1. School/curricular: Is there evidence that the site supports learning and school goals?
  • Is it age and grade appropriate?
  • Is it connected to content area learning?
  • Does it display evidence of collaboration with classroom teachers?
  • Is there evidence of student collaboration?
  • Does it promote reading?

2. Navigation: Does the site facilitate access? Is it clear and logically organized? Intuitive?
  • Is the site readable at student audience level?
  • Is the site legible? Is the font readable and consistent? Do color choices present clear reading?
  • Does the site avoid use of library jargon? See Kupersmith's Library Terms that Users Understand
  • Does the site use embedded explanations--rollovers, pop-ups, simple text, etc., to explain confusing terms and names?
  • Are the links annotated to facilitate student decision making?
  • Is the site logically structured and organized?
  • Is screen real estate used effectively? Is the important stuff "front and center"? How much scrolling must be done on the first page?
  • Are there any errors in spelling or grammar?
  • Do the links on the site work?
  • Do all the design elements (graphics, art, buttons, color etc.) enhance the message of the site? Is there consistency in the basic formats of each page?
  • Do the pages appear clean, uncluttered?
  • Are page titles clear and consistent across the site?
  • Does the site feature a site map or site index?
  • Is download time acceptable?

3. Aesthetics / Appeal for the Audience
  • Is the site attractive, professional looking? Does it reflect the design choices of the audience?
  • Does it use graphics, photos, media to convey message in appealing manner, a non-gratuitous way?
  • Does it include any of the following?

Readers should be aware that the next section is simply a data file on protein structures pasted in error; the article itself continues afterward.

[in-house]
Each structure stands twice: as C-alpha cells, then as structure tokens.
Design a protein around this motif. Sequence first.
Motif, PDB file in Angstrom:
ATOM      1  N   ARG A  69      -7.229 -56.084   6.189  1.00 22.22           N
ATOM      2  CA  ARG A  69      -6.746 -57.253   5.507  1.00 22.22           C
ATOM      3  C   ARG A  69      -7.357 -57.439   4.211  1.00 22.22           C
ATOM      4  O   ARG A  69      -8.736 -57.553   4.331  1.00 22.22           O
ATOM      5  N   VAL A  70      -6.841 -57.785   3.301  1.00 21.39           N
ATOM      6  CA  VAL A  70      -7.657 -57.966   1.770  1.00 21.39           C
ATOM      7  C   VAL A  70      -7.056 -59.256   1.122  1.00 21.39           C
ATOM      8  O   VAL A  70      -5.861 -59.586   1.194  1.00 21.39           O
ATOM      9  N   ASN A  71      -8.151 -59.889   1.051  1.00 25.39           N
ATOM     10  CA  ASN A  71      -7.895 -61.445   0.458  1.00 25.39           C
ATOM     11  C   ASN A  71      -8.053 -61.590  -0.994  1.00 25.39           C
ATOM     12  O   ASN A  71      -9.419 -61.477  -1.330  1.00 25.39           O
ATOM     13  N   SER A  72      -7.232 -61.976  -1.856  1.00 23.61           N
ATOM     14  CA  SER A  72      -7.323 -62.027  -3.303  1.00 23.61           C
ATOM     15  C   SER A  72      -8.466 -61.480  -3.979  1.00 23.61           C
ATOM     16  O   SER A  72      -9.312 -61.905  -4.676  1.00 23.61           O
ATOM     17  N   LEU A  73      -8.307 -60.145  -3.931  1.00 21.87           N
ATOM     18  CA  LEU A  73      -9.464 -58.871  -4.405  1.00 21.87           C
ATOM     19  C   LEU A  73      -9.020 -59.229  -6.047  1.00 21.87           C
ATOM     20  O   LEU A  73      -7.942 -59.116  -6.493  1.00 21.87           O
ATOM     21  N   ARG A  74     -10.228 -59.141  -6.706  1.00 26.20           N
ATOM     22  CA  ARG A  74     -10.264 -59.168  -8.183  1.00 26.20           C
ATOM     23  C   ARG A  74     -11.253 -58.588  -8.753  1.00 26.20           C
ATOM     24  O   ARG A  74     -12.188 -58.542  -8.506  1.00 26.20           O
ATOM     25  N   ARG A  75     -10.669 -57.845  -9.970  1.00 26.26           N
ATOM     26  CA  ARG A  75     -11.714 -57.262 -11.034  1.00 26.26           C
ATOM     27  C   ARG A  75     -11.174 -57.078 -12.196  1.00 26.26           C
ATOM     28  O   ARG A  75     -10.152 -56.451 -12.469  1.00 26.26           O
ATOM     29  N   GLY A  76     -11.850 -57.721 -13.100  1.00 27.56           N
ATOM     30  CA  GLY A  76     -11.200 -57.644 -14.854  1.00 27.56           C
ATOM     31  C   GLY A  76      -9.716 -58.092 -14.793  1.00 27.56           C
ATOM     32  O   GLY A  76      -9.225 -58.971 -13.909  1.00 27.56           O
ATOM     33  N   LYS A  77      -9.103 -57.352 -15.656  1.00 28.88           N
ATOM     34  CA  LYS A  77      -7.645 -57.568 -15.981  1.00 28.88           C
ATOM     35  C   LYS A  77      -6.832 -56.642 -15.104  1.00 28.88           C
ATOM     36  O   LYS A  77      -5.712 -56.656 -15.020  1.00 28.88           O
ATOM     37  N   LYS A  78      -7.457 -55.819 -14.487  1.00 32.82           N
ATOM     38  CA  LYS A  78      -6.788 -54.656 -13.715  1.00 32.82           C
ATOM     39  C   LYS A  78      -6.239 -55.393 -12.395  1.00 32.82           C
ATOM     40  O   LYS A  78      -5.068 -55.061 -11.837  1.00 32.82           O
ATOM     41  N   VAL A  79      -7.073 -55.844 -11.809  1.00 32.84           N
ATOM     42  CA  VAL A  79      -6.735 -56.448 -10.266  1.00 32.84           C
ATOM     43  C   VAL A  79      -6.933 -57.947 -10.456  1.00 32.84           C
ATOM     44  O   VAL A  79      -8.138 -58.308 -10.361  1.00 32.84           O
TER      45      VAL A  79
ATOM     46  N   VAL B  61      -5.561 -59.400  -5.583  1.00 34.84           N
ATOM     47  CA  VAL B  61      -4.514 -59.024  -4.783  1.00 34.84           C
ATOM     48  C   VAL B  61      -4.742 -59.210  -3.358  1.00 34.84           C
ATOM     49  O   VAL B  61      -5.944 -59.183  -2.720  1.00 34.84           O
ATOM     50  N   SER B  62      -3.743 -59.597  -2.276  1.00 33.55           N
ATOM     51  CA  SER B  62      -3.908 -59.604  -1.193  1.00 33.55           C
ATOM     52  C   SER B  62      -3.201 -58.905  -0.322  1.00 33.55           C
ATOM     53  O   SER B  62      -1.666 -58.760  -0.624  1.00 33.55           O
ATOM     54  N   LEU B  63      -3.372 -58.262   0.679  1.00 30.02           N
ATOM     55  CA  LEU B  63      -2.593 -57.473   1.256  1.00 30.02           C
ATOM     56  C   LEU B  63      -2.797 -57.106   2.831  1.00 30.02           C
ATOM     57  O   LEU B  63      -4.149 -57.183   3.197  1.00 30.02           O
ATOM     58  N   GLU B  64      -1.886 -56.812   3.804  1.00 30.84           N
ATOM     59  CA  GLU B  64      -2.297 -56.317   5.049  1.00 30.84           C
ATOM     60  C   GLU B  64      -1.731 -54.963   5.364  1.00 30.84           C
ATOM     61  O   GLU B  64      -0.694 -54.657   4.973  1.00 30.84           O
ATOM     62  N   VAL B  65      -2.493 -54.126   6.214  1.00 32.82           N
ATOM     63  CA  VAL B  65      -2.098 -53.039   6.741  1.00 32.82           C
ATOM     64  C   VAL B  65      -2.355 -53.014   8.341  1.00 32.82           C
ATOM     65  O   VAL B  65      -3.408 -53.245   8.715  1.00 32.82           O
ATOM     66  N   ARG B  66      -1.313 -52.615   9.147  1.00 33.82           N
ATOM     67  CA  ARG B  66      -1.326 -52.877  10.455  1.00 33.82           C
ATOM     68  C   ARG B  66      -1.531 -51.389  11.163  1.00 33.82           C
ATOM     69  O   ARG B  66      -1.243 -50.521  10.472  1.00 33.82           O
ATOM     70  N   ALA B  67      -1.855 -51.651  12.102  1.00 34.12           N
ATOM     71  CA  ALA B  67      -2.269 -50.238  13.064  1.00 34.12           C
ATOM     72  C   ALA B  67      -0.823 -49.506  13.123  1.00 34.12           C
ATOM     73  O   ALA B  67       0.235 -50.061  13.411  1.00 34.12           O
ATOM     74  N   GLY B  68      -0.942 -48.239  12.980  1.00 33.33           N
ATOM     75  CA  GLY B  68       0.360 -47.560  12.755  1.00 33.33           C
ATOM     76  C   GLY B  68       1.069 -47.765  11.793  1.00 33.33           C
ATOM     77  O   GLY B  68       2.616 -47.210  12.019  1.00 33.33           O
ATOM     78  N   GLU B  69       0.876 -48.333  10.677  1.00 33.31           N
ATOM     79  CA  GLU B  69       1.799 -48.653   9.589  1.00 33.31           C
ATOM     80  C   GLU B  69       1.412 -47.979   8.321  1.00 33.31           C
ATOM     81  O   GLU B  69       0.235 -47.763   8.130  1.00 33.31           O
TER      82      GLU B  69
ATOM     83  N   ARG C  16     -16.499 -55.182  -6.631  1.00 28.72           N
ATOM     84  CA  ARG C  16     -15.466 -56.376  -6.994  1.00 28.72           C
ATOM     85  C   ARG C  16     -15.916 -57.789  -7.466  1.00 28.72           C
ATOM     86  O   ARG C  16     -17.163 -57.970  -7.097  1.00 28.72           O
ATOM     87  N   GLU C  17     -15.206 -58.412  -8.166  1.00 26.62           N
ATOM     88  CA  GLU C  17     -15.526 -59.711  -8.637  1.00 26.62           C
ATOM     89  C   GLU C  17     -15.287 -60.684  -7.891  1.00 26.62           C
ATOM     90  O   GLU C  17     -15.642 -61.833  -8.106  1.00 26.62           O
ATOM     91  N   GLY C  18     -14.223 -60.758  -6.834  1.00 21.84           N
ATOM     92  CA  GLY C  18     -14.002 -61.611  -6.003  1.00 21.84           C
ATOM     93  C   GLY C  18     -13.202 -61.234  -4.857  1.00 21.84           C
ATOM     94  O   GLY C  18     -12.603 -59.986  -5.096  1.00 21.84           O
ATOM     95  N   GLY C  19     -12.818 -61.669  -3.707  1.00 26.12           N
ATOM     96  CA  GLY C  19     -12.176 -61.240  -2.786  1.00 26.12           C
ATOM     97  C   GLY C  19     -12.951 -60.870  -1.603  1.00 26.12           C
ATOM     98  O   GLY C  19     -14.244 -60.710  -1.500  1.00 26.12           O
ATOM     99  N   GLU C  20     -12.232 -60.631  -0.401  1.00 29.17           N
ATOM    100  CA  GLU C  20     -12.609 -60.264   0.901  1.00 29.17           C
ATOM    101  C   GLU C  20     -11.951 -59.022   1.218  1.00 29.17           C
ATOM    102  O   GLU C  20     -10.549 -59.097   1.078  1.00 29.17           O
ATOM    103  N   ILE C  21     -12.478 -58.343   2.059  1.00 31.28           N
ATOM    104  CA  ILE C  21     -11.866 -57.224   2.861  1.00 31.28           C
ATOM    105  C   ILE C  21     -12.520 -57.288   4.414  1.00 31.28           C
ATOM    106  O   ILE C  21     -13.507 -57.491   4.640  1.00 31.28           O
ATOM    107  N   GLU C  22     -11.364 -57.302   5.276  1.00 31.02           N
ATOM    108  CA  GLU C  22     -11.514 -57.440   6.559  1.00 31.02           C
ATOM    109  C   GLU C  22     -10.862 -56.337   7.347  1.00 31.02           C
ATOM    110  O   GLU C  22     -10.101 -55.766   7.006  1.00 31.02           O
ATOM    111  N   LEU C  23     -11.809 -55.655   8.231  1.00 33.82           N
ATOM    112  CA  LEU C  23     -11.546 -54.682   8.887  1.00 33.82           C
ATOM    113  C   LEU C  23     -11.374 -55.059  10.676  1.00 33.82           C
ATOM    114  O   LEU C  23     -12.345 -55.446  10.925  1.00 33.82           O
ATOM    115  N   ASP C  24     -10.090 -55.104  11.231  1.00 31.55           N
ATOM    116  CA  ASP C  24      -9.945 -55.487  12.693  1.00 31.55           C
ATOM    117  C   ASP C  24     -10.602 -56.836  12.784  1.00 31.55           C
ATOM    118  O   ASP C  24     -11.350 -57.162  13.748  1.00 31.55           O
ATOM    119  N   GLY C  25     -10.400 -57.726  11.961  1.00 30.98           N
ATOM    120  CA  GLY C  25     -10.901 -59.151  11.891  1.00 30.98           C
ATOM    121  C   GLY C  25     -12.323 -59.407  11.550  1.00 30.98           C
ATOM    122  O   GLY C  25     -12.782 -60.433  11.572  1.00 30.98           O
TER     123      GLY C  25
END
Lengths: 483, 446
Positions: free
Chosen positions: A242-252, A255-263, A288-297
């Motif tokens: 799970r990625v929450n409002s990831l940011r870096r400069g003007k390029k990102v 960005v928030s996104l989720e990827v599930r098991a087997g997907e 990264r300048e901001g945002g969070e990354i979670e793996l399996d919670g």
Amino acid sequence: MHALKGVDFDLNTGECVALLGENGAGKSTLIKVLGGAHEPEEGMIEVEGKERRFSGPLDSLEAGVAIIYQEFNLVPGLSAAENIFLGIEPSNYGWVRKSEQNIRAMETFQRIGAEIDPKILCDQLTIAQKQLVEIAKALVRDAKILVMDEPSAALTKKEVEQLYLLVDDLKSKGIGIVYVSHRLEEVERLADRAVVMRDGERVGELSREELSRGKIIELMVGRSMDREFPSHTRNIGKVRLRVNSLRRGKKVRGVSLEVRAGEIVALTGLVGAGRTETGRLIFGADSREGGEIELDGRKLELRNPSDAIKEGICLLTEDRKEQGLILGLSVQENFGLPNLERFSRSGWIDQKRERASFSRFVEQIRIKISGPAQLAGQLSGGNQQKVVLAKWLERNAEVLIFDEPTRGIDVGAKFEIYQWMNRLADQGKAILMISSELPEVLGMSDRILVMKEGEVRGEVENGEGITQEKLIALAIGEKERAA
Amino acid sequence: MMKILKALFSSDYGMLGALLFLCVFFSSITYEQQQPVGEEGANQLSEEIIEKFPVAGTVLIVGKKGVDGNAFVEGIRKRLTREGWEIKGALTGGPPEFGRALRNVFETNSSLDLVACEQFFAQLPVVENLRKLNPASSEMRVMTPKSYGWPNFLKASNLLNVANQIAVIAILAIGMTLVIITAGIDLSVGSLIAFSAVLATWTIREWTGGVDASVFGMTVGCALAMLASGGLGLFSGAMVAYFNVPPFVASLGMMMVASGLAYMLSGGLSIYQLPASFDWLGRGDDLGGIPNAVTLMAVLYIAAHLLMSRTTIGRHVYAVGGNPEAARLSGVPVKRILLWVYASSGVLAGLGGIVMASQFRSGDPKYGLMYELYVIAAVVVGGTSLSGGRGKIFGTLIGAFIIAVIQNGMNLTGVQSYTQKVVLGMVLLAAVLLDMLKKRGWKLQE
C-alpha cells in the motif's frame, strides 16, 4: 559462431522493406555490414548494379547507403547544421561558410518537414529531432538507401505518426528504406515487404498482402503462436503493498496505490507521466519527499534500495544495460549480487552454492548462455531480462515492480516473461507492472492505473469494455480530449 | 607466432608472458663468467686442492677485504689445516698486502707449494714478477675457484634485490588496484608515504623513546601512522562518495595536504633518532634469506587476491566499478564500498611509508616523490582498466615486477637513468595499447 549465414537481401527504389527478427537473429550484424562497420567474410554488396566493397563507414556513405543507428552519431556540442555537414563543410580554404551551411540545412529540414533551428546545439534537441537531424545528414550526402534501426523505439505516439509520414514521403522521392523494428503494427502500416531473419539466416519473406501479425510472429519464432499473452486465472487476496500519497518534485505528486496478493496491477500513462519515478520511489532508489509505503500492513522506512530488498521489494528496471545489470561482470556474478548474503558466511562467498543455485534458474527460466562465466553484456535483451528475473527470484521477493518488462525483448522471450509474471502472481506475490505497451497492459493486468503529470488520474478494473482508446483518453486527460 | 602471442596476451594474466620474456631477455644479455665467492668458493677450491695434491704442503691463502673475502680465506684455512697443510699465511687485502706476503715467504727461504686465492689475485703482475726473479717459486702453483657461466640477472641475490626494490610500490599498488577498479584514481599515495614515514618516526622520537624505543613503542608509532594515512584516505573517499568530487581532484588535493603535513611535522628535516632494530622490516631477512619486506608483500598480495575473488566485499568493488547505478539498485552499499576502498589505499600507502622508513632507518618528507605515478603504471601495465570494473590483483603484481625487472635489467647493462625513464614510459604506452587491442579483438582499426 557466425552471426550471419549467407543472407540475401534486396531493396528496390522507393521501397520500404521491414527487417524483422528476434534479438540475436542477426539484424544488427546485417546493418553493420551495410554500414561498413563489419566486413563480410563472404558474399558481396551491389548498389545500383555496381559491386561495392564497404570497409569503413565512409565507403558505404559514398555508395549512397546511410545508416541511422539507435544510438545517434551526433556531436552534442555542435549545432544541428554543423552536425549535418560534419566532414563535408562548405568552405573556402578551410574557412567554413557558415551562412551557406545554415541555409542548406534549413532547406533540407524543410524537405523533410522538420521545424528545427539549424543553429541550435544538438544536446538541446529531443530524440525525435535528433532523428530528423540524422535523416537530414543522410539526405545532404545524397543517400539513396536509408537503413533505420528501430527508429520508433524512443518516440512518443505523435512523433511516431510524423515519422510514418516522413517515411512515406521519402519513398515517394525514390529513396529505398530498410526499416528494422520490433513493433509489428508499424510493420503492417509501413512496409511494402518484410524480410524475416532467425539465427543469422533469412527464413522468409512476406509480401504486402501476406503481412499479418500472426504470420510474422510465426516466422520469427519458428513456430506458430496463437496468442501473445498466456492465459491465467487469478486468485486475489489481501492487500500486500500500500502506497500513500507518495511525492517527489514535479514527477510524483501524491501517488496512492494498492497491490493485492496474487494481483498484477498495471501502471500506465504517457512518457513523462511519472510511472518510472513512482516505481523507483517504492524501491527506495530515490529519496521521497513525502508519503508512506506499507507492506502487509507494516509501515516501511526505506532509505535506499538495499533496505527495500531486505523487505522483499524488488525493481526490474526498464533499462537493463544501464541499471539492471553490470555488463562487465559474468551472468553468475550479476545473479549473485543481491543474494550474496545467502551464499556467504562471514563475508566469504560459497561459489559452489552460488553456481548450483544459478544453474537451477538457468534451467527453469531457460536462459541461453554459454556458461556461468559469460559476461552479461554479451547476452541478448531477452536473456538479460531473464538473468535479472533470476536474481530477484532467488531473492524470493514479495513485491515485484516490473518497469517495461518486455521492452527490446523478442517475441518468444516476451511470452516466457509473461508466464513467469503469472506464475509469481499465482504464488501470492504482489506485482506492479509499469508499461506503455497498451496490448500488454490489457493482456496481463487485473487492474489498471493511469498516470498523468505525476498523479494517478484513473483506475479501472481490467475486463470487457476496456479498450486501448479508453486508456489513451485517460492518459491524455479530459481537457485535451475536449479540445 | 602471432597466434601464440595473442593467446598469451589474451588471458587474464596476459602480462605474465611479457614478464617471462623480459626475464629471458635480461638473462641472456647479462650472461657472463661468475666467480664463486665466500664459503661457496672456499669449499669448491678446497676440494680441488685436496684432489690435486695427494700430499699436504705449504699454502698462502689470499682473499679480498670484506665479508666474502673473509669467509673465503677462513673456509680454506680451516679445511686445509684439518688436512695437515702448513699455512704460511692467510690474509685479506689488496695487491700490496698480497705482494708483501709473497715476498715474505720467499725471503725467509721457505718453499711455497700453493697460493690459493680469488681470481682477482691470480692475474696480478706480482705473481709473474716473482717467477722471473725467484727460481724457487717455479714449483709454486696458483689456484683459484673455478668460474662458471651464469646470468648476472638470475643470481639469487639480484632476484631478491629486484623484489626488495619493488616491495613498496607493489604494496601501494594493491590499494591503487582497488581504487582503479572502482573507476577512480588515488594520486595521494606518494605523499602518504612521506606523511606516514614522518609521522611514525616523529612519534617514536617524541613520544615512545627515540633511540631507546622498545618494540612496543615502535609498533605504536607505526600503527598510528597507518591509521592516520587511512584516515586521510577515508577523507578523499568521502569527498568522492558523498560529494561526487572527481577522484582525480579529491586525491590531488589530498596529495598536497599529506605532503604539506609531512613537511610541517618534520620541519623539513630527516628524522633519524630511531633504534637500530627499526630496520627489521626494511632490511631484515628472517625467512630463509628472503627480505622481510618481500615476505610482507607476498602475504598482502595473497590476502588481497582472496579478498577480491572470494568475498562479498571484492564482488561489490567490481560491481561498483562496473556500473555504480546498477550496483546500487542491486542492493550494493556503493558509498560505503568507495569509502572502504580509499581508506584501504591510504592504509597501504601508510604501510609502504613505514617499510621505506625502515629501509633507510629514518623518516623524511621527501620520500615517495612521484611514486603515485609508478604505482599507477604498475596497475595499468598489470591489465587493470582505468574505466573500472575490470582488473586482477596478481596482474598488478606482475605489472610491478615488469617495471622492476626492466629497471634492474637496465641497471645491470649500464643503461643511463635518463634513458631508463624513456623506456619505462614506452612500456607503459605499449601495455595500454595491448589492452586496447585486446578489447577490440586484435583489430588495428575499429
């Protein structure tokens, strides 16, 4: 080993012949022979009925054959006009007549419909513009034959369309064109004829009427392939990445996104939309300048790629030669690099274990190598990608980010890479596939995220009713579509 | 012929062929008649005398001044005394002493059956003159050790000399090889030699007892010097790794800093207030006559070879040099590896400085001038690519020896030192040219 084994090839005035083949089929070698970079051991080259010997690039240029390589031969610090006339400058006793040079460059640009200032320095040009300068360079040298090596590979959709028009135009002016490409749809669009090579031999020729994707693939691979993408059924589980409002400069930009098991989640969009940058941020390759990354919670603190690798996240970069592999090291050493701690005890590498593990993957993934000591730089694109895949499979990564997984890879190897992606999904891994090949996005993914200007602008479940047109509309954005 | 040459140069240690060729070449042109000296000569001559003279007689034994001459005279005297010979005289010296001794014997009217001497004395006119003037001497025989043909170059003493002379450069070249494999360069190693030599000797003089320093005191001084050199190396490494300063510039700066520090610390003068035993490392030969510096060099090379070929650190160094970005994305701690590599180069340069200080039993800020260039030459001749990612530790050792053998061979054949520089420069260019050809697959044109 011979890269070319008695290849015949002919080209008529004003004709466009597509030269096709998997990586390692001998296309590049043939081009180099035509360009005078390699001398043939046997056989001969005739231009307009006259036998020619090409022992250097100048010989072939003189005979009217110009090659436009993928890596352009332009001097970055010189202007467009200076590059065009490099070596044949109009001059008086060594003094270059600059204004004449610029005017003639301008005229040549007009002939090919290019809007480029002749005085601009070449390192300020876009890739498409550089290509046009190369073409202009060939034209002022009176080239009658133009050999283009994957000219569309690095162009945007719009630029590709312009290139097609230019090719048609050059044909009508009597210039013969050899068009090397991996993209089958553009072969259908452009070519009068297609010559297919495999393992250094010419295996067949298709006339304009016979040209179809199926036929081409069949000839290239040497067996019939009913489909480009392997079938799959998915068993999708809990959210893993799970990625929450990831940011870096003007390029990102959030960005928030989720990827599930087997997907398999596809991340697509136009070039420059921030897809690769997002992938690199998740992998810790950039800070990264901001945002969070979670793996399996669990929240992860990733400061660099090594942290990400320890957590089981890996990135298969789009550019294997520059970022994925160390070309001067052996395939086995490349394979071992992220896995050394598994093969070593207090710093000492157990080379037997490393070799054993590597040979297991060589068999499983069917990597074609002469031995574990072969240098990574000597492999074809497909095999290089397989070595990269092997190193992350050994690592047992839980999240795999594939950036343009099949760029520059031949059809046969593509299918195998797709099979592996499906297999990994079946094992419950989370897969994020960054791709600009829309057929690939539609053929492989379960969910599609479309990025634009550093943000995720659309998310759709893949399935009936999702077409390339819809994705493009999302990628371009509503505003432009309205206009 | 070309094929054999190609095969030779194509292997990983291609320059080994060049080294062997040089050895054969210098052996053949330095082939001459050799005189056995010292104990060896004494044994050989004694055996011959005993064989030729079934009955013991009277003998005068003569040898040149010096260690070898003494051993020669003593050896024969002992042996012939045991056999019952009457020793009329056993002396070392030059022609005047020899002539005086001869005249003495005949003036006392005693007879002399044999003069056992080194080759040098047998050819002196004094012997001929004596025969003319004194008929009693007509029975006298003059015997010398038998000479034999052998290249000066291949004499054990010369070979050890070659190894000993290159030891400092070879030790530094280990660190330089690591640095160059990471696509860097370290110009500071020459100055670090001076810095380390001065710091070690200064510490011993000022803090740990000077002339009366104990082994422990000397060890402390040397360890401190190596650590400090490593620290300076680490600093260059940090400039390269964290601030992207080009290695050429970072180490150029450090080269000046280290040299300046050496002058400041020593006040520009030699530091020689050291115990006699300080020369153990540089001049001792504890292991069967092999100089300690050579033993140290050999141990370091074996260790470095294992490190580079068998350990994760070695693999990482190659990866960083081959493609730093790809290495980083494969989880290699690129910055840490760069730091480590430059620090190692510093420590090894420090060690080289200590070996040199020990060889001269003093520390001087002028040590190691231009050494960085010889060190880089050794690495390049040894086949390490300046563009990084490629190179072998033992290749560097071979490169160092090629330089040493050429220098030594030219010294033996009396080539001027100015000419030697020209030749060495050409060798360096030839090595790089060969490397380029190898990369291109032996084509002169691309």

• Images of students
    • Images of materials
    • Images of library events, activities
    • Original art—photographs, drawings, paintings
    • Effective, attractive clip art
    • Animations, video elements
  • Does the site use an original design?
  • Does the site have personality/presence/friendliness/sense of humor? (Comment on how you can determine this.)

4. Level of Interactivity: Opportunities for collaboration, feedback, involvement
  • Does the site present opportunities for student collaboration, feedback through wikis, blogs, forums?
  • Does the site include elements of student work?
  • Does it include:
    • wikis (browser-based tools for online collaboration model that allow any user to edit content):
    • blogs (weblog, a browser-based regular and chronological publication of posts and comments
    • podcasts (multimedia files—usually audio--distributed over the Web using syndication feeds—often described as a Web radio broadcast.)
    • forums (threaded discussion used for such purposes as book or issue discussion)
    • slideshows (Flickr, PowerPoint presentations) Displays of images and text in sequence, usually for instructional or artistic purposes
    • video presentations or lessons or other multimedia elements
    • interactive forms (feedback forms, suggestion forms, etc.)?
  • Does the site represent an overall Web 2.0 approach? Does site use a content management system (CMS--like Drupal, Wordpress, Moodle), that would allow the librarian/webmaster to add and edit content without need for an HTML editor or knowledge of code?
  • Does the site include opportunities for personalization / opportunities to “push” content? (Push is content that is delivered to a receiver without their explicit request.)

5. Freshness
  • Does the site display regular updates and revisions?
  • Does the site present new content to keep users coming back?
  • Do the links work?
  • Does the site speak the current visual language? Does it resemble a site produced in 1996?